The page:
The Issue

Given the onset of retirement for many baby boomers, it has become increasingly apparent that the Addiction Professional shortage will only worsen. Overall programmatic reforms are necessary but so are several key initiatives that seek to enhance education, recruitment, retention, and clinical training.

It is crucial that Addiction Professionals solidify their place in the Public Health continuum by becoming more active on issues such as the augmentation of funding for the National Health Service Corps.

Assessing this from the federal perspective, this can be achieved by fostering relations with two key subsidiaries of the Department of Health and Human Services (HHS). These entities are the Substance Abuse and Mental Health Administration (SAMHSA), the agency overseeing behavioral health initiatives, and the Health Resources and Services Administration (HRSA), which are charged with increasing access to health care for those who are medically underserved.


The Health Resources and Services Administration (HRSA), is the principal Federal Agency. HRSA's programmatic portfolio includes a range of programs or initiatives designed to increase access to care, improve quality, and safeguard the health and well being of the Nation's most vulnerable populations.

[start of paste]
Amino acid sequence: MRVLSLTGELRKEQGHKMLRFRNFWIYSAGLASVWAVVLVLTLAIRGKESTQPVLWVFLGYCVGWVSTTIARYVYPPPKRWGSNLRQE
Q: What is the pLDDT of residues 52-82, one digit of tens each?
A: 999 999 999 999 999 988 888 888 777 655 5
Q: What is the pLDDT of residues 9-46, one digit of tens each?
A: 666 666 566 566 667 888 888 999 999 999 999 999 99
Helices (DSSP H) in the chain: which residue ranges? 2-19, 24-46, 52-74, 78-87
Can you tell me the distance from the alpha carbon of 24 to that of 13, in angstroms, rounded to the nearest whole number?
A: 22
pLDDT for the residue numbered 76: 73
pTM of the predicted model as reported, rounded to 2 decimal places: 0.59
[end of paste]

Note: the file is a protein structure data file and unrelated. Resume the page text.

Possible Legislative Action on Workforce Development Initiatives

NAADAC will continue to seek various ways to further integrate with the public health community. One of those avenues is to play an active role in the reauthorization of the Health Professions Act, which currently houses the National Health Service Corps (NHSC). Twenty-two thousand health professionals have served with the Corps since its inception in 1972 and have benefited from its scholarship and loan forgiveness programs. Throughout the past 32 years though, Addiction Professionals have not played a prominent role in the Corps.

NAADAC will work to improve the overall appropriation for the NHSC. In addition, NAADAC will advocate for the creation of a behavioral health banner under the NHSC, which will include Addiction Professionals and advocate additional funding for those who specialize in the prevention and treatment of addictive disorders.

The NHSC is one of the most effective training grounds in the public health workforce. It has demonstrated that it is committed to improving the health of the nation’s underserved by recruiting and retaining health professionals to practice in underserved areas. Moreover, the NHSC could be a useful training ground for new recruits in the addictions field as it strives to prepare and support dedicated students and clinicians through scholarship and loan repayment programs.

NAADAC will continue to partner with other entities in establishing demonstration projects nationwide that will develop pathways for the education, recruitment, retention, clinical training, and advancement of professionals who specialize in addictive disorders.